The Legion of Mary was started less than 90 years ago (1921). Its spread throughout the whole world is nothing less than miraculous. Three of its members are in the beatification process. Its founder, Frank Duff, was one of the few lay people present at the Second Vatican Council, where he received a moving ovation from the world’s bishops.

Belonging to the praesidium of the Legion of Mary enables ordinary Catholics to do extraordinary things for God and the salvation of the world. It allows us a beautiful way to share our greatest treasure: our Catholic faith!

I just wanted to set the record straight.

Lida Wurtenberger

Legion of Mary, St. Joseph Parish

Shawnee, Kansas

Grace to Not Sin

John Heard’s successful struggle with his homosexuality (“Engaging the Same-Sex Attracted,” Aug. 9) should be encouraging to all — gays and straights — who may be discouraged with the way God created them. While God created each of us with different and varying degrees of desires and urges, he offers us the help (grace) to control those desires and urges. For many, the struggle is extremely difficult, and for others it is easier. However, we can never sin and use the excuse, “I’m not to blame. This is the way God created me.”

John Heard’s story is living proof that the battle against sin can be won — by taking advantage of God’s grace.

 Hap Corbett

Staples, Minnesota

‘Gay Gene’ Myth?

Regarding “Scientists Outing ‘Gay Gene’ Myth” (July 26): There is a significant danger that readers may be misled by the article. Psychologists and psychiatrists have been arguing for years with geneticists and physical scientists over the cause of homosexuality. Both sides can provide strong evidence, but neither side has conclusive proof. Physical scientists can point to the fact that many homosexual people have common physical characteristics that tend to occur repetitively, despite different ethnic backgrounds, countries of origin, etc.

To imply that there is no evidence of a physical cause of homosexuality does a disservice to the many scientists and medical professionals researching this phenomenon and may lead Catholics and others to totally erroneous conclusions.

James M. Dempsey
Walnut Creek, California

Volunteering Virtues

I liked your article about stay-at-home moms and volunteering: “Gone Helpin’” (June 28). I am a wholehearted volunteer, and I am not ashamed of it. Here are some things I’d like to point out beyond the wonderful support you gave to our creativeness as women and moms:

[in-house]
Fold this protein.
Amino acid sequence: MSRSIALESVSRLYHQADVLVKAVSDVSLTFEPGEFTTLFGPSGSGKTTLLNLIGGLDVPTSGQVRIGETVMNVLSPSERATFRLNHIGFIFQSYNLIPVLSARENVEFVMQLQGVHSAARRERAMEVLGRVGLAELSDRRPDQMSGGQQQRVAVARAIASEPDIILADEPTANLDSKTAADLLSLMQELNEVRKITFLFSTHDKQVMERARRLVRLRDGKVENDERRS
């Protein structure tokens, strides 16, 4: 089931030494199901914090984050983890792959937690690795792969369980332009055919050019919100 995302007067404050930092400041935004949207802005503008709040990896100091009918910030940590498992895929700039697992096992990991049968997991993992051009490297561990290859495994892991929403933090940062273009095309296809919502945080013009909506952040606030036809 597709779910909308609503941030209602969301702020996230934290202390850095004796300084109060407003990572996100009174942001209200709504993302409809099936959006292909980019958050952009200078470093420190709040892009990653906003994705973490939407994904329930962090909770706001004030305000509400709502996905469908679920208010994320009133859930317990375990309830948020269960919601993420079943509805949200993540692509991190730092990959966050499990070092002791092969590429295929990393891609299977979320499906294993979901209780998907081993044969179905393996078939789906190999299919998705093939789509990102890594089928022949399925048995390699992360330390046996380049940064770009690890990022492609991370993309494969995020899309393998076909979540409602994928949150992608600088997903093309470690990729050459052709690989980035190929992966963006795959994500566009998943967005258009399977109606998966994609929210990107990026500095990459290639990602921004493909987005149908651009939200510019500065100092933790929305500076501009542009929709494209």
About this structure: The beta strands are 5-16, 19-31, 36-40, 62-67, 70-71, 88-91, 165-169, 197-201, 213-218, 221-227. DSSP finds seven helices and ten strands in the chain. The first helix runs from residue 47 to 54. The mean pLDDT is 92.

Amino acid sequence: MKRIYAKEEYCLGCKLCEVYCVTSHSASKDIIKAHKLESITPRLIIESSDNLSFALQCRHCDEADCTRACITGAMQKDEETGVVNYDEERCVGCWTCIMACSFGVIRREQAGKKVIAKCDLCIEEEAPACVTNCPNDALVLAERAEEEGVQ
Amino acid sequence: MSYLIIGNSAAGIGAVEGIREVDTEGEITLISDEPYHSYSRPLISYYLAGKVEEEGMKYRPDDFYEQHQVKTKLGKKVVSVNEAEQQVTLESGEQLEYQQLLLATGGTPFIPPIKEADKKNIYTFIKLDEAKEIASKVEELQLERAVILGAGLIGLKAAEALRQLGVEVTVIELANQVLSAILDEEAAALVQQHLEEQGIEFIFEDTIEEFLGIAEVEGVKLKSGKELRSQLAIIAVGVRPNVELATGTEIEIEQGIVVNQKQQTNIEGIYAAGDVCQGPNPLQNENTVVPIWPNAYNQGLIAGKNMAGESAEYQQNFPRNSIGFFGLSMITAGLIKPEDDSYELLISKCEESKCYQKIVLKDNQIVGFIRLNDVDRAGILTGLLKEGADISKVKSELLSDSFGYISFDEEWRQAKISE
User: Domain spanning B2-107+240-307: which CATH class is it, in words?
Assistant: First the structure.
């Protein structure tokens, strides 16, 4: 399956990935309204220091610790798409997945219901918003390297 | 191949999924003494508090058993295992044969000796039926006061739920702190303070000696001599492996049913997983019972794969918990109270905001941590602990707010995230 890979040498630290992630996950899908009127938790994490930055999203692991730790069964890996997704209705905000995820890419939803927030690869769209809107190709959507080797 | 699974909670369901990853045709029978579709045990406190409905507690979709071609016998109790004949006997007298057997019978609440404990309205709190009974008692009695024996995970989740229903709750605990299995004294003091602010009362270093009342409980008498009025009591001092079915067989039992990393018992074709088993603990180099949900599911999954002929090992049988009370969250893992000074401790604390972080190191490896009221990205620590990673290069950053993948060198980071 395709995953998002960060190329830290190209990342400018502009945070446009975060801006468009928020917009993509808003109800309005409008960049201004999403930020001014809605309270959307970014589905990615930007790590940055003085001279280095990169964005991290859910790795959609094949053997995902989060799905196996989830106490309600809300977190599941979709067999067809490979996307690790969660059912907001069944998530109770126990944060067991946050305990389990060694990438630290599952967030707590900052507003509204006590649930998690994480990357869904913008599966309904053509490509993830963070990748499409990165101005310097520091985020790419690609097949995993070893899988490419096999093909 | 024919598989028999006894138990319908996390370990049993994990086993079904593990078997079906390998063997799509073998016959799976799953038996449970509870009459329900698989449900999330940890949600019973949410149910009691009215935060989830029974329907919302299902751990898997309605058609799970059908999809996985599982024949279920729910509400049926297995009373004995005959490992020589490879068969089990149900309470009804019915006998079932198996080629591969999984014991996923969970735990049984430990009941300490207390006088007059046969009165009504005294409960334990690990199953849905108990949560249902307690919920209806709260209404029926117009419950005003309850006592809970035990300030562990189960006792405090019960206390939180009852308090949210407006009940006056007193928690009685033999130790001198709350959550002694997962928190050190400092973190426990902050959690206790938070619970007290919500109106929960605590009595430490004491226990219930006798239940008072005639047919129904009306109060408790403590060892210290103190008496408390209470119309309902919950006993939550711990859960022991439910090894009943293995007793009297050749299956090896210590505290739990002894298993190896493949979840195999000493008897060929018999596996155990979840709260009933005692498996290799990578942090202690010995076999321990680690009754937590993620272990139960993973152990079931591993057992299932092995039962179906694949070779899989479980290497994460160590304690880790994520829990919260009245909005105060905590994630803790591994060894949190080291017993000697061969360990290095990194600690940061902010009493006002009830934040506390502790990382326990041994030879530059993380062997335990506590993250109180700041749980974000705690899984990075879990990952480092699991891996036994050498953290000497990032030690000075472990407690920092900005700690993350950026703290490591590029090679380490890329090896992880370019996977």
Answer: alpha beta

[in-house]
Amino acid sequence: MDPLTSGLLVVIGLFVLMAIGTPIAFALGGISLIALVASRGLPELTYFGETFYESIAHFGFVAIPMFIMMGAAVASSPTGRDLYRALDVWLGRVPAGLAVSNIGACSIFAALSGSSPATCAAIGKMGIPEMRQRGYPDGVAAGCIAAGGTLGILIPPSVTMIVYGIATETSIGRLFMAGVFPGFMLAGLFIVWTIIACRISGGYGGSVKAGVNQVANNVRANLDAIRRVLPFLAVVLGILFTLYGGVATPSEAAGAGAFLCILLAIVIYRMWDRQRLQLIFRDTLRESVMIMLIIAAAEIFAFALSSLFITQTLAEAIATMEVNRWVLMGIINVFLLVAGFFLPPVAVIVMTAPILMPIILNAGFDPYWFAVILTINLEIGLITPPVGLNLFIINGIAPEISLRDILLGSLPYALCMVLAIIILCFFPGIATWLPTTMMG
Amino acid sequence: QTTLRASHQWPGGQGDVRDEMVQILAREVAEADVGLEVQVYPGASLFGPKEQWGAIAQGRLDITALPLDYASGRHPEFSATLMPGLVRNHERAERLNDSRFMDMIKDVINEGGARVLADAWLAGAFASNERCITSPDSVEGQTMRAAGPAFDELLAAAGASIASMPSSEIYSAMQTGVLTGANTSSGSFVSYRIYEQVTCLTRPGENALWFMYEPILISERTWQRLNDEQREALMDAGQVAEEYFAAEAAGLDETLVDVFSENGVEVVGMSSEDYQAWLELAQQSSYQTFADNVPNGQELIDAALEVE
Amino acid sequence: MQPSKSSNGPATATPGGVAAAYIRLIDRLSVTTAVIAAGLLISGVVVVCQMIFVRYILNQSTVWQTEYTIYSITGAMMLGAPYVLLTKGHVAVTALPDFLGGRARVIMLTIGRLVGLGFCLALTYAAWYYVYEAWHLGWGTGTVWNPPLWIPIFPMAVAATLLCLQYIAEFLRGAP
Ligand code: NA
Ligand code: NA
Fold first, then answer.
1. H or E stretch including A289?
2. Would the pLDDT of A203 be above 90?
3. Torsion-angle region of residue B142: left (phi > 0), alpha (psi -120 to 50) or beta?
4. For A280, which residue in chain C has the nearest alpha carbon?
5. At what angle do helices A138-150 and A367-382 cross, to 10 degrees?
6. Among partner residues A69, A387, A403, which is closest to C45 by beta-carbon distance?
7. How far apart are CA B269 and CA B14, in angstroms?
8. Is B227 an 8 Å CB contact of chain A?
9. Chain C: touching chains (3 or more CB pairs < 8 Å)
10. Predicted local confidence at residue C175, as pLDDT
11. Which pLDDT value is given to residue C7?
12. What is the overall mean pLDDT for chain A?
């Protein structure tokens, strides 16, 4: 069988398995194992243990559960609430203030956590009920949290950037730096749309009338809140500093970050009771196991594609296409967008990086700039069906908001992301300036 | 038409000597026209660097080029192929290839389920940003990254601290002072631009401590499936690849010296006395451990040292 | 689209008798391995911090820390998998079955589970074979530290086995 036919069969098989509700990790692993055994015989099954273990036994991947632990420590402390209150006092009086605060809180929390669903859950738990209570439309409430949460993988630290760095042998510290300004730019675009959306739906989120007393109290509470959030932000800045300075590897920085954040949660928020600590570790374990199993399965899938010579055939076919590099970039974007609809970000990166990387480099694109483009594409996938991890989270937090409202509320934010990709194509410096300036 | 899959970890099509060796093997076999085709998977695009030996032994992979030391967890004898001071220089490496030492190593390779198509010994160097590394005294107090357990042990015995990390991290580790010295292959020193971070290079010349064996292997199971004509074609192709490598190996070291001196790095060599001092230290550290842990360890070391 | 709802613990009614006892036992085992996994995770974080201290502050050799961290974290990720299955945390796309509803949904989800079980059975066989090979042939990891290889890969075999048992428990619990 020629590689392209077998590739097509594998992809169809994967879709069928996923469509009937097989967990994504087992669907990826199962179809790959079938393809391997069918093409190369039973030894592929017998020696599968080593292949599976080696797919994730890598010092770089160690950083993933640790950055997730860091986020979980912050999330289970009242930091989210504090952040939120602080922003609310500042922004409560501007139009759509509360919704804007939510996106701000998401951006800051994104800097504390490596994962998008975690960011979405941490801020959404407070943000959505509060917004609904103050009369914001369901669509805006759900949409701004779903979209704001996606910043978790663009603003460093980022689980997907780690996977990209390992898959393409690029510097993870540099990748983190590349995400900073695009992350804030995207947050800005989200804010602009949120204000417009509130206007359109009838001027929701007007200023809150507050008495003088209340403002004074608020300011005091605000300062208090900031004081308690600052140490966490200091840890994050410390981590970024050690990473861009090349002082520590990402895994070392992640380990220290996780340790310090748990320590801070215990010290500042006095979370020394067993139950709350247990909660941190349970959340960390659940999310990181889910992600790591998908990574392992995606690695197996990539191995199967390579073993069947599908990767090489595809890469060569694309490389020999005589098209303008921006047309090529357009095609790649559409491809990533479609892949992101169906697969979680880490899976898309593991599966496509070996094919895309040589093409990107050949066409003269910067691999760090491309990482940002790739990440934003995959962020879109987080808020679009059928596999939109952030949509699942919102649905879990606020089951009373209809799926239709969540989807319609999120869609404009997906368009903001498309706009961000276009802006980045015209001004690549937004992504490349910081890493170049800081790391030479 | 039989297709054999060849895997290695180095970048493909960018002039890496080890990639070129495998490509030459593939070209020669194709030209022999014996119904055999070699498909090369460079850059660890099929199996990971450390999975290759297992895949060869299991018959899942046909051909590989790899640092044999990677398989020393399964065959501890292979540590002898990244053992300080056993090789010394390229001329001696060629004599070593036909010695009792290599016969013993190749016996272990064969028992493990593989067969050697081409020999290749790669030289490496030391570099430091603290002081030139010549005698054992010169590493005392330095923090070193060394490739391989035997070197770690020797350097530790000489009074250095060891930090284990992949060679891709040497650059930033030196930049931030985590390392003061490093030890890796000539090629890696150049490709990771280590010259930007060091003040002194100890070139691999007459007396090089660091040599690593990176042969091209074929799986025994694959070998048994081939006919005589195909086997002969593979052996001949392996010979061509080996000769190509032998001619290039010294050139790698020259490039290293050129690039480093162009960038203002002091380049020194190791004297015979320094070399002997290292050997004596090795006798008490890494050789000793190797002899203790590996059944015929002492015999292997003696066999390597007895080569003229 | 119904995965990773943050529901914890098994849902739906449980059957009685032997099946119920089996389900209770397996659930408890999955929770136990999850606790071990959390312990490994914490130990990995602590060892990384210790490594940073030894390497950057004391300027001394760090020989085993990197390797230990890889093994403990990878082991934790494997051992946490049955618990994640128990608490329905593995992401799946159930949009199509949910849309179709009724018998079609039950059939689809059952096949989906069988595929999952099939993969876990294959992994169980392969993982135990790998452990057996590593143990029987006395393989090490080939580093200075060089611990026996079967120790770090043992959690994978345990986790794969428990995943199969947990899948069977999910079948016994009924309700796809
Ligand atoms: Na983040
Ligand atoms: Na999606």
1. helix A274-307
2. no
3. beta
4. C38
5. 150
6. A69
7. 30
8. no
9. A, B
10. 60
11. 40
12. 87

I have much more energy for my family when I am “allowed” the time to volunteer. It energizes me and gives me a sense of success. My five children are old enough to do their fair share — and should. It teaches them responsibility. It is even nice to hear them argue that their friends have Xbox, unlimited cell phones, computers, etc. and we don’t. That gives me reinforcement that I am being a good parent.

Deanna Sporleder

Maryville, Missouri

I would like to respectfully disagree with the opinion expressed by Tom McDonald. It appears that the writer is saying that his wife is spending her energies doing “good works” and is trying to give her family whatever energy she has left.

I believe that this is quite the opposite of what we are supposed to do. We need to give our primary focus to our primary task, which is the upbringing of our children and care for the household. While this can, of course, be shared by both the husband and wife, this has to be balanced with the sense of sacrifice we are called to within our vocation as parents. I believe this point was downplayed or ignored by the author(s) of this column.

Steve Chechet

Laurel, Montana

Response from the McDonalds: We would wholeheartedly agree with Mr. Chechet about what our primary task is: the upbringing of children and the care of the household. In fact, a careful reading of the column referenced indicates exactly that. Rather than downplaying or ignoring it, our column includes this very point: “Our first obligation is to our families, and, if the family suffers because of our volunteer work, that is a good clue that it isn’t in God’s plan for us.” So, we believe there really is no disagreement here at all!


In “Scientists Outing ‘Gay Gene’ Myth” (July 26), Dr. Richard Fitzgibbons was quoted as saying that men with same-sex attraction demonstrate “weakness in male confidence” resulting from “deficient bonding” with the father. Fitzgibbons should have been quoted as saying: Men with same-sex attraction demonstrate “weakness in male confidence” resulting from “deficient bonding” with the father, especially in boys with gender identity disorder. Same-sex attraction also arises from a “lack of healthy bonding with same-sex peers in early childhood and adolescence.”